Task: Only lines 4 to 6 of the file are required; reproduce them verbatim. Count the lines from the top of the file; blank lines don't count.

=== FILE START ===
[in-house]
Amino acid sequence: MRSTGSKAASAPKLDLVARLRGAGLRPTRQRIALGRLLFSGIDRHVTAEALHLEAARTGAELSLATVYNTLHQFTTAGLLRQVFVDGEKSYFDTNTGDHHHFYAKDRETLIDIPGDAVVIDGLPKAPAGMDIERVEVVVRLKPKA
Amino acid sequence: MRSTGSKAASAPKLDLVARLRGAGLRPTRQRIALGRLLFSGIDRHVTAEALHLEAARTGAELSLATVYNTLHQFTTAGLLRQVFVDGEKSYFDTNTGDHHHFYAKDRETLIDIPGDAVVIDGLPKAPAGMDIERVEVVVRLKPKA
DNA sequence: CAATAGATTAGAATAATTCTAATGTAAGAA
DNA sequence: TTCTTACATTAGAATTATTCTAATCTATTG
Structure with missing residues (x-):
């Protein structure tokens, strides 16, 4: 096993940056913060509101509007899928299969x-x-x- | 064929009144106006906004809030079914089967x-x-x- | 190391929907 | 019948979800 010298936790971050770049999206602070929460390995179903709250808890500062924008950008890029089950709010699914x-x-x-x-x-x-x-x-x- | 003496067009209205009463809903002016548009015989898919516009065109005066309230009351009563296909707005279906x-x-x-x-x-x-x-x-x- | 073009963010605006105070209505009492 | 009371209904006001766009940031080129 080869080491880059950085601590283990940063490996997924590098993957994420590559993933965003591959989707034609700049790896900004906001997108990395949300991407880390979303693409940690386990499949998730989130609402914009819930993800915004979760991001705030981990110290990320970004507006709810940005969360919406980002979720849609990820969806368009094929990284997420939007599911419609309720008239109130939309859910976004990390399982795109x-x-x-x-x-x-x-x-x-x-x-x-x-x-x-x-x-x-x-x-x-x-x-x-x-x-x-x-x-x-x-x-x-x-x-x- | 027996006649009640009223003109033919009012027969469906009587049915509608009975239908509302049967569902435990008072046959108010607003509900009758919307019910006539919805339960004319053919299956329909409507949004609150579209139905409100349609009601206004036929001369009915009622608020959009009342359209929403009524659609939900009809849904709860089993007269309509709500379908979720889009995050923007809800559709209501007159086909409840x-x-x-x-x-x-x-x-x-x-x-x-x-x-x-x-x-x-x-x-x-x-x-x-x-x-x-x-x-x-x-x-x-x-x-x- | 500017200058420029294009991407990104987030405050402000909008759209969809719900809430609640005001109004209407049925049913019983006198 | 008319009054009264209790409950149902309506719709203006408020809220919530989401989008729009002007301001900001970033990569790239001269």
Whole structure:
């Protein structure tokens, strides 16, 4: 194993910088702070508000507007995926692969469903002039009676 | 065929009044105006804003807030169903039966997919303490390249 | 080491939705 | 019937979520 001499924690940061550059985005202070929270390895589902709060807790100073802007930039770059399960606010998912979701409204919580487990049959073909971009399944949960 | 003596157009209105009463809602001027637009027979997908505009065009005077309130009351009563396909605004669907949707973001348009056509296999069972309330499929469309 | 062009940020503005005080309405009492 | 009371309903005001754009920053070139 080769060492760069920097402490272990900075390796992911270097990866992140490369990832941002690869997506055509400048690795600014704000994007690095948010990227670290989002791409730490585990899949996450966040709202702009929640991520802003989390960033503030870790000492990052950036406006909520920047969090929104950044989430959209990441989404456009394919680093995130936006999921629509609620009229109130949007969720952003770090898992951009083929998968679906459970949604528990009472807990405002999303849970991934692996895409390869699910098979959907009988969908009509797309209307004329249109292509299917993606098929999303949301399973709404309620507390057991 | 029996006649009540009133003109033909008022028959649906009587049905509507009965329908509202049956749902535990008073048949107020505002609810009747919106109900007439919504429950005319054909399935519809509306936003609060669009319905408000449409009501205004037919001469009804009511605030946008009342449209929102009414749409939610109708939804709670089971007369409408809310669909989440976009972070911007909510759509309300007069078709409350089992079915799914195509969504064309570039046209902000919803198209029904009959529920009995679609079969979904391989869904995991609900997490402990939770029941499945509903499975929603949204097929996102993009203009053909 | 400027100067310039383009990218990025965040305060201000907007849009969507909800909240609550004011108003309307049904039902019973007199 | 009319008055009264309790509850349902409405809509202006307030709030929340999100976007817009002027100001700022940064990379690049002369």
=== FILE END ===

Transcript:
DNA sequence: CAATAGATTAGAATAATTCTAATGTAAGAA
DNA sequence: TTCTTACATTAGAATTATTCTAATCTATTG
Structure with missing residues (x-):